Finally, on our last day before flying home, we were standing in line at Hollywood Studios forty minutes before the official (8 a.m.) opening. They started letting people in at 7:30 and we hustled over to the sign-up area for the kids' Jedi Experience (Trials of the Temple). Samantha was wearing her Star Wars dress and was excited about this. I'd explained that she would be one of the youngest kids there, since it was for ages 4-11, and that she'd have to listen to what the teachers said and then she could get to help out telling a Star Wars story on a stage for some other people. We talked about how someone dressed as Darth Vader would come out, but he wouldn't be real (and again, she'd been great with all the other characters, and she definitely knows that Darth Vader isn't real anyway), so I thought this had a pretty good chance of succeeding.
They asked the kids to line up from Yoda size to Chewbacca size, and she immediately ran to the front of the line. Then each kid was given a robe, and Samantha and the other line leader (a four year old boy she felt was not holding up his end appropriately) were instructed to hold the Jedi Training banner as they processed in a parade to the grounds of the "temple" over near the Star Tours ride (which there was no way I was going to take her on, because, dark, etc.--but again, all of the Jedi Training things took place outside in bright sun). Some of the bigger boys were hassling the cast members for calling them "younglings" instead of "padawans," and while the cast members had a technical answer for this, referencing events in the Star Wars universe, the boys were unconvinced. Samantha listened politely and did not, of course, hassle anyone.
She actually seemed thrilled to get her robe, and then to be spoken to by the female Jedi-in-training who was one of the two "teachers" in charge of the class of younglings. Each child was issued a light saber and told to stand on a blue circle on the stage and not to move out of it. Again, while some of the boys were squirmy and started to stray from their circles, she remained patiently in hers as they learned their little routine. Even now she can recite it and show the motions, and the fact that it was so similar to karate (ready position, etc.) really made sense to her.
The light saber was a little on the long side for her, but she definitely went through the routine and practiced carefully. All was going well when the male Jedi herded the children to one side (neglecting to say, "Now, younglings, step away from your blue dots," sadly--she remained on her circle longer than anyone else because she was clearly expecting this to be a trick) and asked them to do a force push to open the doors of the temple. He made sure to say that what they would see inside is not real, and cannot hurt them, but when someone dressed as Darth Vader emerged from the temple, Samantha lost it. She started sobbing, and a cast member whisked off her robe and light saber and hastily ushered her to the side. She sat on my lap in the front row to watch the rest of the show, and even whispered to me corrections of a few of the children (when they each dueled the villain individually, using their pre-rehearsed routine), saying that he didn't block very well, or something, but she was done, and there was no way she was going back on stage at the end to shake someone's hand and get a little pin.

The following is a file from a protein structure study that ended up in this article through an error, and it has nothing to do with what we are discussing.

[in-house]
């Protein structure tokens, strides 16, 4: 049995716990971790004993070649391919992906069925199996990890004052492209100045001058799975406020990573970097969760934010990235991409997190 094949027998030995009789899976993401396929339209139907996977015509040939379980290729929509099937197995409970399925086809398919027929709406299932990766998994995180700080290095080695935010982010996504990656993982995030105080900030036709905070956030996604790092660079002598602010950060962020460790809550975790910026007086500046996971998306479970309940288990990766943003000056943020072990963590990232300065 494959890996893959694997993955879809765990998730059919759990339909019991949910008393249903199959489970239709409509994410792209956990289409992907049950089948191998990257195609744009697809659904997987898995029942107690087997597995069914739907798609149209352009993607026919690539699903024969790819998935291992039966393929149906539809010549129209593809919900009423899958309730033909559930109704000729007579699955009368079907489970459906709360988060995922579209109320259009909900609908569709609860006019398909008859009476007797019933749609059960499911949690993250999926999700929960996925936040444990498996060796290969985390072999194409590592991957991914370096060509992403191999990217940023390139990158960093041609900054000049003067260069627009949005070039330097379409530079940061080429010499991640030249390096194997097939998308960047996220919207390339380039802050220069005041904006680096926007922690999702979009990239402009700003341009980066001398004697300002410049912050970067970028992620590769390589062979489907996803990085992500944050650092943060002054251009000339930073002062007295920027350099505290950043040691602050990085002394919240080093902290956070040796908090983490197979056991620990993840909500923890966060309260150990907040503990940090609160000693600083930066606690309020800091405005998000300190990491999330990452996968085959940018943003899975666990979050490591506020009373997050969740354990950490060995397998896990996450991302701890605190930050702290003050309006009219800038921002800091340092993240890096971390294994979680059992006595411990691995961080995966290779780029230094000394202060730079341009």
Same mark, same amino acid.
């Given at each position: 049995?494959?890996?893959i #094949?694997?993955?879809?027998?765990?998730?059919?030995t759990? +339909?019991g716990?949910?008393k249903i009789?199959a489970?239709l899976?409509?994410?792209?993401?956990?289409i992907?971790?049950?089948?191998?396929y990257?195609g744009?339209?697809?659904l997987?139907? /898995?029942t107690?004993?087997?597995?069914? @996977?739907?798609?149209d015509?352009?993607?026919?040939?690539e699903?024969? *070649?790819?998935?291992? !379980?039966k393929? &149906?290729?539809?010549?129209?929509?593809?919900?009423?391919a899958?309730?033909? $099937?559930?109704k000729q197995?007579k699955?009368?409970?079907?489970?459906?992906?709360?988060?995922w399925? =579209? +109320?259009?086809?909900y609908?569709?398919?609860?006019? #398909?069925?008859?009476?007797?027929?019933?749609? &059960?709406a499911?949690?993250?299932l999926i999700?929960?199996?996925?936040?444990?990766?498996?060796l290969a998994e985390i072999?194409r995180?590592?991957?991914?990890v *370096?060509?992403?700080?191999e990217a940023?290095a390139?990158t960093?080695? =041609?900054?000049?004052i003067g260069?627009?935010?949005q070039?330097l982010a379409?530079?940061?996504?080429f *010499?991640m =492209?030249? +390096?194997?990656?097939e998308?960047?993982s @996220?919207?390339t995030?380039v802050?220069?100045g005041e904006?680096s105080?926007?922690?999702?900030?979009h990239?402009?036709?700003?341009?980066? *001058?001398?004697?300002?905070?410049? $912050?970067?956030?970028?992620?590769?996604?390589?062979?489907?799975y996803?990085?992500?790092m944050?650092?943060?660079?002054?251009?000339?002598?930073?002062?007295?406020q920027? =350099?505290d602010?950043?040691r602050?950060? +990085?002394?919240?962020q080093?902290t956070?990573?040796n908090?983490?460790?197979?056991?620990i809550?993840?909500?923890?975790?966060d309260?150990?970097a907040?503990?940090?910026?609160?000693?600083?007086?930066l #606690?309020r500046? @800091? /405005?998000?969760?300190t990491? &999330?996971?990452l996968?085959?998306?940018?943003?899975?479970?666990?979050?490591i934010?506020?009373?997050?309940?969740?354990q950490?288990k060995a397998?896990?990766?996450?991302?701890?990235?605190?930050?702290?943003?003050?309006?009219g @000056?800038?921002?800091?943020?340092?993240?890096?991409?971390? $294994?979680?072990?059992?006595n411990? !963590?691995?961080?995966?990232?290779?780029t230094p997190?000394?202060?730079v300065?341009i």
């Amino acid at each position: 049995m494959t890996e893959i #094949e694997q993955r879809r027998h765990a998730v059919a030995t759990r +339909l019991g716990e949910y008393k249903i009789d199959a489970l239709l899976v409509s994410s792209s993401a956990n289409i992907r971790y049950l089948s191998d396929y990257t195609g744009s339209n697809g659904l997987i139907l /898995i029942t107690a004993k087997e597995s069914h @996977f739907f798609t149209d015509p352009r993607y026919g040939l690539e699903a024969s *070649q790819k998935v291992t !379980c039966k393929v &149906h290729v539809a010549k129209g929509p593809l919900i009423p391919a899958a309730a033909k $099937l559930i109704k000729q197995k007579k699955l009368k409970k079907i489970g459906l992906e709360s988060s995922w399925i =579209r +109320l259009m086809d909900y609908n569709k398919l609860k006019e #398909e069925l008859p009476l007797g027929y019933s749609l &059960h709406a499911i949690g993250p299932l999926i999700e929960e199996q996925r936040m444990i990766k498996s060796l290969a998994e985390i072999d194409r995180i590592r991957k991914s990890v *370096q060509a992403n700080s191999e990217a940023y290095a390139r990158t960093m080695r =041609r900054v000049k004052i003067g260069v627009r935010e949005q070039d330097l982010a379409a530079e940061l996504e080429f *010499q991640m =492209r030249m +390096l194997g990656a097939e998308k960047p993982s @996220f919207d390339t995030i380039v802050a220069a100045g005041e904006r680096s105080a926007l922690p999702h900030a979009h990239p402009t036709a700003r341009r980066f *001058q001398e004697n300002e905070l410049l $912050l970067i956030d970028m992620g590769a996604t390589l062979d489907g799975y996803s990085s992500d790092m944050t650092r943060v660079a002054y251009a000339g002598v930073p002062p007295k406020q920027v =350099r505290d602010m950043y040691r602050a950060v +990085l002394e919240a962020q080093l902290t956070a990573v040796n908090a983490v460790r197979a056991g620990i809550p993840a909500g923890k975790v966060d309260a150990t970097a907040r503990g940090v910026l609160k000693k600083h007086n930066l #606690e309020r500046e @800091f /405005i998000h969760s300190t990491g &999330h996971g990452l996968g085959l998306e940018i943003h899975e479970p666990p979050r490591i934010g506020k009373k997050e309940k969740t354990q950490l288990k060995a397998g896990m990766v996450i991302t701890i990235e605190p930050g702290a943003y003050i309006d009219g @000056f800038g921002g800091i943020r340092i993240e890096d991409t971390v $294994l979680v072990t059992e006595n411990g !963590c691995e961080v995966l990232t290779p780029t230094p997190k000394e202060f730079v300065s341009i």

From there, there was nothing left to do except drown our sorrows in a Mickey soft pretzel and go ride the 3-D ride one more time. It was adorable, if sad, but in the long run it seemed less scarring than Pirates of the Caribbean. Did I mention we had a great trip?
Jedi Training, first 9 minutes--until she had to leave the stage:
Watching the Candlelight Christmas Concert in Epcot (super short clip from grand finale):
Learning the hula:
Doing the Moroccan dance:
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Created: 12/31/15. Last Modified: 12/31/15.